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According to an entry for "sin" on blueletterbible.org, Larry Pierce provides an outline for biblical usage of the word "sin". Looking at the fine print he derived this from Strong's and Thayer's, which I've told can be unreliable when trying understand the full meaning of text. Here is the link that has the example I'm talk about: https://www.blueletterbible.org/lexicon/g264/nkjv/tr/0-1/

I'm most curious of the first usage which says "to be without a share in". I have access to BDAG and others but I'm a novice to using those resources as I transition from using things like BLB to Logos.

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    BDAG provides a much more detailed and nuanced analysis of the word's meaning, based on a MUCH larger survey of both Biblical and non-Biblical usage. In Scriptural use, I see no real instances of the word meaning, "to be without a share in". Sometimes, theologians, especially preachers stretch the meaning to make a rhetorical point. It is difficult to judge his point without any quoted evidence.
    – Dottard
    Mar 29 at 20:32
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    When it comes to understanding the word "sin" and its various uses in the Bible, consulting more authoritative lexicons like BDAG can indeed provide a more comprehensive and accurate understanding. The BDAG is widely regarded as one of the most authoritative lexicons for New Testament Greek, offering detailed definitions, usage examples, and scholarly analysis, so I would recommend learning how to use it. (This is not to say that Blue Letter Bible, Strong's and Thayer's lexicon are not helpful! They are very helpful, but have more limitations.)
    – Jason_
    Mar 29 at 21:18
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    I have chosen to put forward an answer to your question about "to be without a share in" as I can hermeneutically analyze it with scripture, but your question about the overall accuracy of Larry Pierce's Outline of Biblical Usage is difficult to quantify and is likely opinion-based.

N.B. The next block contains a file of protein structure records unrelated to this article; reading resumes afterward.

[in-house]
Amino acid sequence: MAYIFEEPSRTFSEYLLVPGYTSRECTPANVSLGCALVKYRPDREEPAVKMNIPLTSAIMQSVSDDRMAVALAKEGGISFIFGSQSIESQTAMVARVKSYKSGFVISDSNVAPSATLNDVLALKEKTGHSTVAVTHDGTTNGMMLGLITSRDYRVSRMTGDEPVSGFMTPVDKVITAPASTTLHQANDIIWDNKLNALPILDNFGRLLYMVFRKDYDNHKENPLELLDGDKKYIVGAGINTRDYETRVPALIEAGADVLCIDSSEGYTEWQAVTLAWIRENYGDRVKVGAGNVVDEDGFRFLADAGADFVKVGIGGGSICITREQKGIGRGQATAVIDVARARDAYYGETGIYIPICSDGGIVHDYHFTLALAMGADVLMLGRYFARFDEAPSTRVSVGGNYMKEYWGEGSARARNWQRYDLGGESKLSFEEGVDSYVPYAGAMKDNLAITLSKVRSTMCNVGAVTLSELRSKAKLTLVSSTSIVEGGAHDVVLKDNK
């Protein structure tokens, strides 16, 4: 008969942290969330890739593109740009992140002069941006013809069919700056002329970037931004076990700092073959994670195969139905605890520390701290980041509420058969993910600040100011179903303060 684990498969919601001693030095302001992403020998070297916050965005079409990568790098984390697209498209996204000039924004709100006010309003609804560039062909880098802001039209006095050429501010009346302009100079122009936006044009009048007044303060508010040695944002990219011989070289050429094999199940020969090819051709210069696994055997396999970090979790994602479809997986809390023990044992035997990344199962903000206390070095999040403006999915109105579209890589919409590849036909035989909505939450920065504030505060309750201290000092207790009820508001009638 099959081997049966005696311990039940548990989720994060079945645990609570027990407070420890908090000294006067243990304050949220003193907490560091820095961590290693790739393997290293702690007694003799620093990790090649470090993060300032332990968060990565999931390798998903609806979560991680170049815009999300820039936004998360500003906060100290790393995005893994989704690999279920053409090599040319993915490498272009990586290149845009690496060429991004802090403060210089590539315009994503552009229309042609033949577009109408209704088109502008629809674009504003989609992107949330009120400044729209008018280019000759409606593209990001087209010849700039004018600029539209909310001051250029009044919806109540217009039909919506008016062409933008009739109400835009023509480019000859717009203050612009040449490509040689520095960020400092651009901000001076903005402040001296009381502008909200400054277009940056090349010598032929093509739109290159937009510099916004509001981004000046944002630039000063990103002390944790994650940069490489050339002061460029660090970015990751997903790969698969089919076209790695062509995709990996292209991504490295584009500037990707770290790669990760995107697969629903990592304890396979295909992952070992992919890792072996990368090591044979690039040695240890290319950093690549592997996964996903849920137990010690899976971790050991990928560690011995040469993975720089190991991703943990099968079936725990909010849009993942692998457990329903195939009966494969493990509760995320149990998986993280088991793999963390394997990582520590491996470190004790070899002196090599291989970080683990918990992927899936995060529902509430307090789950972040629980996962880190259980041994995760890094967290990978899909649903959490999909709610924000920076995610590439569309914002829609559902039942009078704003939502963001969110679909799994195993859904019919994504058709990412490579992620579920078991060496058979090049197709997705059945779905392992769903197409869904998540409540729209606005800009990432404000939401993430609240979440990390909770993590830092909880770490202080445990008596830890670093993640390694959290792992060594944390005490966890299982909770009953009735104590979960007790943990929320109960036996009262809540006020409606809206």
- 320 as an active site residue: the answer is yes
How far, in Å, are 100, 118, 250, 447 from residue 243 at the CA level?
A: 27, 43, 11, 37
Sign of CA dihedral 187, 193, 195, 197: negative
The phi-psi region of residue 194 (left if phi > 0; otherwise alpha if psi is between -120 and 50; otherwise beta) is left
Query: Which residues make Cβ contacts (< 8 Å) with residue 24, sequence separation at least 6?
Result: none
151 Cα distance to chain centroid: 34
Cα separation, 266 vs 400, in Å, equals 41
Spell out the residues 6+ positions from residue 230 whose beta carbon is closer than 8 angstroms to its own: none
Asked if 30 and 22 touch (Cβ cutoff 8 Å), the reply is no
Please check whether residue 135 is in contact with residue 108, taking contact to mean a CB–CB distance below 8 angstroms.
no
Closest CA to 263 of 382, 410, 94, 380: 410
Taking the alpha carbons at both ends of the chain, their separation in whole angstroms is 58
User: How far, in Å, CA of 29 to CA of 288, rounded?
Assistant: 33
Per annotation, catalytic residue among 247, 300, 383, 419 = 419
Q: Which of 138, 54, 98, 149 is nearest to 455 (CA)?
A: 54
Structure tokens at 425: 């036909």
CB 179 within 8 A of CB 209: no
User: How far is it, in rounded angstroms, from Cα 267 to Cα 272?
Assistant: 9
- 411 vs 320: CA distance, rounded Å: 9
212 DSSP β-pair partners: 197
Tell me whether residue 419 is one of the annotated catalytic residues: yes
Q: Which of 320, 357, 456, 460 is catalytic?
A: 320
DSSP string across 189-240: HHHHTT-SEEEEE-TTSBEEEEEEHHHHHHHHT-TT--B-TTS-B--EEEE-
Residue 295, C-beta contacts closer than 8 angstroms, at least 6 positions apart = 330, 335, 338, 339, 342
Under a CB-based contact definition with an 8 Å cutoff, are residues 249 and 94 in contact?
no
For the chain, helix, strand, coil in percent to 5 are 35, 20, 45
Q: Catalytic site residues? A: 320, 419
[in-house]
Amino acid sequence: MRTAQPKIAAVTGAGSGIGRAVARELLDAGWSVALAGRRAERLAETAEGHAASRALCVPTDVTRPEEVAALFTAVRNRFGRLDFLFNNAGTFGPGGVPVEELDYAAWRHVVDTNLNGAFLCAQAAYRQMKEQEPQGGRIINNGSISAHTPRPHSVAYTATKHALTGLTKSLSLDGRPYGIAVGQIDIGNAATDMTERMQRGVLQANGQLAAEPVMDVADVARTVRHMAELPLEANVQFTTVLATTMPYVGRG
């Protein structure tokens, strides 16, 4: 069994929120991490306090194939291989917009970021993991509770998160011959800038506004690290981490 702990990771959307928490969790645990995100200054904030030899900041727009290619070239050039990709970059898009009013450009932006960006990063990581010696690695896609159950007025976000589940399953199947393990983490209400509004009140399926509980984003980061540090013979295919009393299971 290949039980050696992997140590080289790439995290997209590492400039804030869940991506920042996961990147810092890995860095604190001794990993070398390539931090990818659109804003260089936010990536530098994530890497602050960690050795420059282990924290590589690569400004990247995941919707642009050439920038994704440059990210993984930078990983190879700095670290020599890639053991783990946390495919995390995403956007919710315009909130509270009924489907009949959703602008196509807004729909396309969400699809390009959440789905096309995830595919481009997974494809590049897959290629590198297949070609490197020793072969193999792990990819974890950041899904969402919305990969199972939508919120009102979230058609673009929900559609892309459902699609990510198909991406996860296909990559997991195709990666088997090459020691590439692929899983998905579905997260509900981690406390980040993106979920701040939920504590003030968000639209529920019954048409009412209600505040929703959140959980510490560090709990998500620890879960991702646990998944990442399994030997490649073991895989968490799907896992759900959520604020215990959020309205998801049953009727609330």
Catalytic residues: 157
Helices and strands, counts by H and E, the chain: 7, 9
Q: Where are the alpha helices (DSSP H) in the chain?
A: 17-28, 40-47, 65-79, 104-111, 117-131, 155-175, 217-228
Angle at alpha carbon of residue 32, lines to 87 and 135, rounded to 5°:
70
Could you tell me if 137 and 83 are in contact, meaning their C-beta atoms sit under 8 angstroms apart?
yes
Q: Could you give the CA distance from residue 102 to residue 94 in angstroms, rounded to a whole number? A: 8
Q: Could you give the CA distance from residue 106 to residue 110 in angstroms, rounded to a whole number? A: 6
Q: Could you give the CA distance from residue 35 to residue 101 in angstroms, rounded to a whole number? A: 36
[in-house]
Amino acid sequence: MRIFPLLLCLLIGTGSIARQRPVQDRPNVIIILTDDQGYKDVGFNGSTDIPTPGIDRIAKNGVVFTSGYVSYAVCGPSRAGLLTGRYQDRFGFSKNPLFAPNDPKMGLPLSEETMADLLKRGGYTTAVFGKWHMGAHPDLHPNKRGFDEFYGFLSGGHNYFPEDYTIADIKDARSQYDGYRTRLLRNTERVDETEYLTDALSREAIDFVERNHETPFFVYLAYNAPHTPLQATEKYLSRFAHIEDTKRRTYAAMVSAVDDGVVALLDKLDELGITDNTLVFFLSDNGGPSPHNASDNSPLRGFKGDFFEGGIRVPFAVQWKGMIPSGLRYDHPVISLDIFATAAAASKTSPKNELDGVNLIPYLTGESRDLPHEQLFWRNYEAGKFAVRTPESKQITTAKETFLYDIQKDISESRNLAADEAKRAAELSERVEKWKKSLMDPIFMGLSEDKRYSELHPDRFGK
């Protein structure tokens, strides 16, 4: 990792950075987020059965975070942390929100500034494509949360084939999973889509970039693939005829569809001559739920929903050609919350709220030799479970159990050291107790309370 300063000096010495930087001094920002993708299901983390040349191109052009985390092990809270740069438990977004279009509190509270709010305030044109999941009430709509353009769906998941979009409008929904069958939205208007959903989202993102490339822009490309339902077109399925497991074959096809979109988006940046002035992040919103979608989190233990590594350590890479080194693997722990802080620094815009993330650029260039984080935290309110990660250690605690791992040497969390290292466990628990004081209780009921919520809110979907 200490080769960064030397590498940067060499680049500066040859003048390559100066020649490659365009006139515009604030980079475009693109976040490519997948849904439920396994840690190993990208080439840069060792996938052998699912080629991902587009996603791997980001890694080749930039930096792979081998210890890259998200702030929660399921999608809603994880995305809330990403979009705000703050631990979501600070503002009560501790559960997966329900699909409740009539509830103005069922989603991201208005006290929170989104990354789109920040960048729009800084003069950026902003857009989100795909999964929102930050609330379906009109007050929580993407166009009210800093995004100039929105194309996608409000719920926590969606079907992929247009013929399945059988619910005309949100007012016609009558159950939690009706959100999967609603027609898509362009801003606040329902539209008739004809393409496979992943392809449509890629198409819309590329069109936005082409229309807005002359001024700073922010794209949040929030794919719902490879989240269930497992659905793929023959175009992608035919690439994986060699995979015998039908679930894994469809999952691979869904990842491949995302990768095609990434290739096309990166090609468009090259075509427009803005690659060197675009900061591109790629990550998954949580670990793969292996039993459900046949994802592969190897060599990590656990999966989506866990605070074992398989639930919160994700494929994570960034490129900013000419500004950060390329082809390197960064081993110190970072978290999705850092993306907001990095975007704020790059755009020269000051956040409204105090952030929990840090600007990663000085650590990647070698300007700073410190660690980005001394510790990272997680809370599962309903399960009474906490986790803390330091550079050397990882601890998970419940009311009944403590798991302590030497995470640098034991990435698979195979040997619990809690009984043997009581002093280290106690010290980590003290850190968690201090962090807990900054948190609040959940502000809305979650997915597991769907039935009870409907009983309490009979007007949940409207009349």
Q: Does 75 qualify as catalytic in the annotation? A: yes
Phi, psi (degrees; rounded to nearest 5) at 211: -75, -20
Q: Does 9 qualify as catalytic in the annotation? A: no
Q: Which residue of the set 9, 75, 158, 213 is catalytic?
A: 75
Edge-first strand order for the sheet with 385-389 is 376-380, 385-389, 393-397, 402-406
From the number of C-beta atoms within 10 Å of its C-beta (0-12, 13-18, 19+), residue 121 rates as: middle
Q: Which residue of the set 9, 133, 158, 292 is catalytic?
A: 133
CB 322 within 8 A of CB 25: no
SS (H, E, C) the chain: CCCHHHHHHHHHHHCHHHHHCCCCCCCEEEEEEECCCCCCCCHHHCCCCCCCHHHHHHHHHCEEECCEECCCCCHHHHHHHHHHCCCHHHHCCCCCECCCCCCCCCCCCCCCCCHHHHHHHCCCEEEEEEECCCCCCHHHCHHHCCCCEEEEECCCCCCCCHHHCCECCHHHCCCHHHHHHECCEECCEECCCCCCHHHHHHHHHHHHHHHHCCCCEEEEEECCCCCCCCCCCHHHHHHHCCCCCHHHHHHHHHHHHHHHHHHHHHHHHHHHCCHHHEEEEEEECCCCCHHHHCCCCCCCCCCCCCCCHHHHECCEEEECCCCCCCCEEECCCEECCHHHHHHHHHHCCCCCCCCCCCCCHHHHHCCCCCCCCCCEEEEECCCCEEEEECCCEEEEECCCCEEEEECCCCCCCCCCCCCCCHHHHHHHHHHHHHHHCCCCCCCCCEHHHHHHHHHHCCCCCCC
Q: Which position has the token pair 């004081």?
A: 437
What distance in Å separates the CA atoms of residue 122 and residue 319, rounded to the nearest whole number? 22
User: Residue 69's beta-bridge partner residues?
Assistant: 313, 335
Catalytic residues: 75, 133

– Jason_
    Mar 29 at 21:32
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    I’m voting to close this question because it is better addressed on C.se Mar 29 at 21:59
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    @JamesRLamar what Dan is referring to is Christianity Stack Exchange which has a different focus than Biblical Hermeneutics Stack Exchange does, but it is still Christian Q&A. See the links to grasp the differences. I think you're narrowed question fits much better now.
    – Jason_
    Mar 30 at 6:03

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I'm most curious of the usage which says "to be without a share in".

This is not a direct meaning of sin as presented in the Old or New Testament. However, this meaning may come from כָּרַת (karath) which means "cut off".

Leviticus 7:20-21 NKJV

20 But the person who eats the flesh of the sacrifice of the peace offering that belongs to the Lord, while he is unclean, that person shall be cut off from his people. 21 Moreover the person who touches any unclean thing, such as human uncleanness, an unclean animal, or any abominable unclean thing, and who eats the flesh of the sacrifice of the peace offering that belongs to the Lord, that person shall be cut off from his people.’ ”

So, "to be without a share in" is a consequence of sin. This concept of being "cut off" is a significant consequence of sin throughout the Old Testament. It brings with it being excluded from the blessings, privileges, and fellowship enjoyed by God's people. In this sense, "to be without a share in" can be understood as experiencing the deprivation of participation in the fellowship and blessings that come from being in covenant relationship with God and His people.

One additional note to make is that sin is often associated with separation from God. To be separated from God could be likened to "to be without a share in." Still, I would render this a consequence.

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    I concur with what you're saying about this being more of a consequence of sin than a definition for sin. Perhaps that's why it is listed as a usage of the word rather than purely a definition. I'm not sure I understand that difference correctly. When read "to be without share in" I thought of the story of the Prodigal Son, which I think still highlights all the points you made. Mar 30 at 4:53

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